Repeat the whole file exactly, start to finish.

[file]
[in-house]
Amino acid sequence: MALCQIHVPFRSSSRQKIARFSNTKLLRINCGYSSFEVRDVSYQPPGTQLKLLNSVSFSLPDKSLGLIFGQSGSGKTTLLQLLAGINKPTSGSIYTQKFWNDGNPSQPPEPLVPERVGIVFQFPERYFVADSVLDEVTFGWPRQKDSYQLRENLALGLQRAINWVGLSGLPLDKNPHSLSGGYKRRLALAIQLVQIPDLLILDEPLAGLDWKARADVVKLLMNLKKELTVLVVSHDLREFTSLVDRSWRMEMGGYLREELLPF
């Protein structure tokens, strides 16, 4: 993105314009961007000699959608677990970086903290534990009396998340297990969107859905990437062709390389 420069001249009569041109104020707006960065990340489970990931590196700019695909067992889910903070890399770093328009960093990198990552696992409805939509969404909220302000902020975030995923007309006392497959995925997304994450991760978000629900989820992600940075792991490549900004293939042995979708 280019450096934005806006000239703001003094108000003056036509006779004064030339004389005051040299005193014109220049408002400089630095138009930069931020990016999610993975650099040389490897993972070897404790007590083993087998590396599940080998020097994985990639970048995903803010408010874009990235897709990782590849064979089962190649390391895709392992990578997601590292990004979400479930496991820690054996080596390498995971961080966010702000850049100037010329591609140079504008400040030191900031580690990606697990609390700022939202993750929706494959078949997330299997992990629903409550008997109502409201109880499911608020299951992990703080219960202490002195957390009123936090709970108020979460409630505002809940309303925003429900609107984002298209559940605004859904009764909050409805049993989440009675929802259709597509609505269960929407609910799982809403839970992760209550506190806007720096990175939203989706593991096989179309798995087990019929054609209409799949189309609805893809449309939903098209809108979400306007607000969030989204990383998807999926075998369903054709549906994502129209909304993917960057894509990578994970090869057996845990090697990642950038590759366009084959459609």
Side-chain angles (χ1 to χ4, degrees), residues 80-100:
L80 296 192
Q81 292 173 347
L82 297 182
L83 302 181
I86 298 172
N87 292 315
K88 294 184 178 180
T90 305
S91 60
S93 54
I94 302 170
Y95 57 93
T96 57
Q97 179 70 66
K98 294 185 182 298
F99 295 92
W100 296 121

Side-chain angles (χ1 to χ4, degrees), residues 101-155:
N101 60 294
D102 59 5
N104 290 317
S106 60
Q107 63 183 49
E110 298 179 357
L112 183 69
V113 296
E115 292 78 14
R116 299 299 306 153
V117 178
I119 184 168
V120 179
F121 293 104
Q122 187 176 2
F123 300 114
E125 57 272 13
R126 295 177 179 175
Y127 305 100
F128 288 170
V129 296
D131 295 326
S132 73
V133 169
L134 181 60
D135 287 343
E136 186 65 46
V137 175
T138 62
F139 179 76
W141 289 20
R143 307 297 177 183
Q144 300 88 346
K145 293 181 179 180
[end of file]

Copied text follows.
[in-house]
Amino acid sequence: MALCQIHVPFRSSSRQKIARFSNTKLLRINCGYSSFEVRDVSYQPPGTQLKLLNSVSFSLPDKSLGLIFGQSGSGKTTLLQLLAGINKPTSGSIYTQKFWNDGNPSQPPEPLVPERVGIVFQFPERYFVADSVLDEVTFGWPRQKDSYQLRENLALGLQRAINWVGLSGLPLDKNPHSLSGGYKRRLALAIQLVQIPDLLILDEPLAGLDWKARADVVKLLMNLKKELTVLVVSHDLREFTSLVDRSWRMEMGGYLREELLPF
């Protein structure tokens, strides 16, 4: 993105314009961007000699959608677990970086903290534990009396998340297990969107859905990437062709390389 420069001249009569041109104020707006960065990340489970990931590196700019695909067992889910903070890399770093328009960093990198990552696992409805939509969404909220302000902020975030995923007309006392497959995925997304994450991760978000629900989820992600940075792991490549900004293939042995979708 280019450096934005806006000239703001003094108000003056036509006779004064030339004389005051040299005193014109220049408002400089630095138009930069931020990016999610993975650099040389490897993972070897404790007590083993087998590396599940080998020097994985990639970048995903803010408010874009990235897709990782590849064979089962190649390391895709392992990578997601590292990004979400479930496991820690054996080596390498995971961080966010702000850049100037010329591609140079504008400040030191900031580690990606697990609390700022939202993750929706494959078949997330299997992990629903409550008997109502409201109880499911608020299951992990703080219960202490002195957390009123936090709970108020979460409630505002809940309303925003429900609107984002298209559940605004859904009764909050409805049993989440009675929802259709597509609505269960929407609910799982809403839970992760209550506190806007720096990175939203989706593991096989179309798995087990019929054609209409799949189309609805893809449309939903098209809108979400306007607000969030989204990383998807999926075998369903054709549906994502129209909304993917960057894509990578994970090869057996845990090697990642950038590759366009084959459609």
Side-chain angles (χ1 to χ4, degrees), residues 80-100:
L80 296 192
Q81 292 173 347
L82 297 182
L83 302 181
I86 298 172
N87 292 315
K88 294 184 178 180
T90 305
S91 60
S93 54
I94 302 170
Y95 57 93
T96 57
Q97 179 70 66
K98 294 185 182 298
F99 295 92
W100 296 121

Side-chain angles (χ1 to χ4, degrees), residues 101-155:
N101 60 294
D102 59 5
N104 290 317
S106 60
Q107 63 183 49
E110 298 179 357
L112 183 69
V113 296
E115 292 78 14
R116 299 299 306 153
V117 178
I119 184 168
V120 179
F121 293 104
Q122 187 176 2
F123 300 114
E125 57 272 13
R126 295 177 179 175
Y127 305 100
F128 288 170
V129 296
D131 295 326
S132 73
V133 169
L134 181 60
D135 287 343
E136 186 65 46
V137 175
T138 62
F139 179 76
W141 289 20
R143 307 297 177 183
Q144 300 88 346
K145 293 181 179 180